February 28th, 2011
12:01 AM ET
When parents notice their child has flushed cheeks and is hot to the touch they often anxiously reach for the thermometer to check for a fever and a pain reliever to bring it down. But "fever phobia" may be getting in the way of properly treating children, according to a new study in the medical journal Pediatrics.
“Fever is the body's normal response to an illness, so it doesn't mean it's a bad thing. It's how your body fights the infection," explains study author Dr. Janice Sullivan, professor of pediatric critical care medicine at the University of Louisville in Kentucky.
About a third of all visits to the pediatrician are due to fever, usually caused by a bacterial or viral infection. Most fevers go away fairly quickly, are benign, and may actually protect the child. So pain relievers are primarily recommended to help alleviate some of the discomfort, not necessarily to bring the fever down to a certain level, according to the report.
Sullivan stresses that it's more important to monitor children for symptoms of serious illness and to make sure they don't become dehydrated instead of becoming overly concerned with how high or low a fever may be. There are certain exceptions, however.
"In infants less than 2 – 3 months of age we generally will recommend if they have a fever of 100.4 that those babies should be seen by their pediatrician because they may have a serious infection," says Sullivan.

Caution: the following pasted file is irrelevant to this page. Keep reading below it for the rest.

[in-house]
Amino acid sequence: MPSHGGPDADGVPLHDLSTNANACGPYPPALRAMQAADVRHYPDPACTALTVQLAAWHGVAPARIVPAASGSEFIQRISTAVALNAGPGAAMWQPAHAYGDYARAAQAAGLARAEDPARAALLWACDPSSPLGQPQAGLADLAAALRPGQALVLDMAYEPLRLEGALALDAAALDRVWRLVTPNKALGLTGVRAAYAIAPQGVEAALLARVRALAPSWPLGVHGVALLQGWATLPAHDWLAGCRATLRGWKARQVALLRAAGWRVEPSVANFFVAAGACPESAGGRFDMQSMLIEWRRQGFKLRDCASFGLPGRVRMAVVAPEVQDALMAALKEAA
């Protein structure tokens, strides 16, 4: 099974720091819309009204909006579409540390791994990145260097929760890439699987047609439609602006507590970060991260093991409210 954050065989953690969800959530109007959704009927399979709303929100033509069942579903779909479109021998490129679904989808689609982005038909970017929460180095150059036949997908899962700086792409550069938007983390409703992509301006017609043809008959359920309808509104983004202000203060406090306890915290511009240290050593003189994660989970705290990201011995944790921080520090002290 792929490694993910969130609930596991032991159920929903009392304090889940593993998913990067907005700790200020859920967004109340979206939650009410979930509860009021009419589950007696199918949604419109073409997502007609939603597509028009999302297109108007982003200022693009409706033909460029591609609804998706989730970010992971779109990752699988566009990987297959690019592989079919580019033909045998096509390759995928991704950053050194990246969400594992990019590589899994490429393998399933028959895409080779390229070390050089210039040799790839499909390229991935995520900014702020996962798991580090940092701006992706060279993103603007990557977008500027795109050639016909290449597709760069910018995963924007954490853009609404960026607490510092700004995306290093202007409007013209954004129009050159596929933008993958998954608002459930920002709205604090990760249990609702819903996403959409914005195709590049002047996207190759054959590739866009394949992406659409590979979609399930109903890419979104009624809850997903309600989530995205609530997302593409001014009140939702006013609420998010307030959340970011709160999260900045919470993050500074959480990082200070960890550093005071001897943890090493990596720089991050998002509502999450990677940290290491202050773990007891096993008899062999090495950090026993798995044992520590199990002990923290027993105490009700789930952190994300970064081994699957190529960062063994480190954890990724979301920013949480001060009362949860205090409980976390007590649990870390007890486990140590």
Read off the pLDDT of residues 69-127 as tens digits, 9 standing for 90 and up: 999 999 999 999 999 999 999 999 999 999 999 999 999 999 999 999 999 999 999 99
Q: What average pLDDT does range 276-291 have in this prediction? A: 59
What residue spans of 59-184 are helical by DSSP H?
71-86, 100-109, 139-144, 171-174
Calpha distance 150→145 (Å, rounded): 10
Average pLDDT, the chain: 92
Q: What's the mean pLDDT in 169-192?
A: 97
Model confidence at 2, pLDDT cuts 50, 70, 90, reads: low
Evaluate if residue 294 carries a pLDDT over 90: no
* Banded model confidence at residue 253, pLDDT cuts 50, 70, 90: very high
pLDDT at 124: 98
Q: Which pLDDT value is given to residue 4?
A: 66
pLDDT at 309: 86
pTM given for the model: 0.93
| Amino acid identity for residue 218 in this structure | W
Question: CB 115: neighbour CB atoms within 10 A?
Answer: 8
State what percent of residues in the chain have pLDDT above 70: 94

Some experts also recommend that if children of any age have a fever greater than 103, they should go see their doctor.
As many as half of parents give their sick children the wrong dose of pain relievers, say researchers. Part of the problem may be that many don't know dosing is based on a child's weight, not age or height. Another common mistake is using a kitchen spoon instead of a proper measuring device or the one that comes with the pediatric medicine.
The two most common medicines used for treating fever in young people are acetaminophen and ibuprofen and if used as directed in healthy children are generally considered to be safe. Sometimes doctors recommend alternating between the two drugs during an illness, but this can increase the risk of inaccurate or overdosing without carefully reading instructions.
"When your child is ill, fever is a normal response to this illness. The important thing is first of all make sure your child is comfortable and secondly look for any other signs of symptoms to give you some indication of how ill your child is," explains Sullivan.
And remember, if your gut tells you something is wrong with your child, don't hesitate to call your pediatrician no matter how high or low the fever.
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